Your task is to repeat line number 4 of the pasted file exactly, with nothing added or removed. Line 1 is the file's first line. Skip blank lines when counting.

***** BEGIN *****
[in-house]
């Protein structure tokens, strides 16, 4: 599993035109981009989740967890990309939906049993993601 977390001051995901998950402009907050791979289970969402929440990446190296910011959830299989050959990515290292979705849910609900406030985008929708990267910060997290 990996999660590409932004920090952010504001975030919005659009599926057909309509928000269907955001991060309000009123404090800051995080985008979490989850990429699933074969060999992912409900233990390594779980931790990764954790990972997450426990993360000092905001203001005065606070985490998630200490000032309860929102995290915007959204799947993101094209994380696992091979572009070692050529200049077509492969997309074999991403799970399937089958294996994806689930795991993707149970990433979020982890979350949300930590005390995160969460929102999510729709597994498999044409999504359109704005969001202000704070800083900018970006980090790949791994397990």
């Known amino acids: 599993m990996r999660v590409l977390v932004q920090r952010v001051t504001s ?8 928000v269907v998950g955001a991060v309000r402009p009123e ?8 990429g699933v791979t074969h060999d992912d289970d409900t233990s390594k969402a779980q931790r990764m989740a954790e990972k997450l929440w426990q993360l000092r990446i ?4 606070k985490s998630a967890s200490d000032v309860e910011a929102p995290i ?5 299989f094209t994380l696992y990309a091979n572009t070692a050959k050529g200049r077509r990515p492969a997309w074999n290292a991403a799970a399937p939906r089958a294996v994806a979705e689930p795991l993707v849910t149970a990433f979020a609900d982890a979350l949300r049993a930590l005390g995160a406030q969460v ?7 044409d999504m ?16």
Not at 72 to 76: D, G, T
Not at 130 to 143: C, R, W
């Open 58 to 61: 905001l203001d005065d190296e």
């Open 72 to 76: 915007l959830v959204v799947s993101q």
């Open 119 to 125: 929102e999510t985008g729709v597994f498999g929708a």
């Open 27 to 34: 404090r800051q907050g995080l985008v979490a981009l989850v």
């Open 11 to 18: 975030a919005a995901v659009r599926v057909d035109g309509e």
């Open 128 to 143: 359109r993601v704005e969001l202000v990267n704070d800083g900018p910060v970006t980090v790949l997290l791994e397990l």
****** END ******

Not at 72 to 76: D, G, T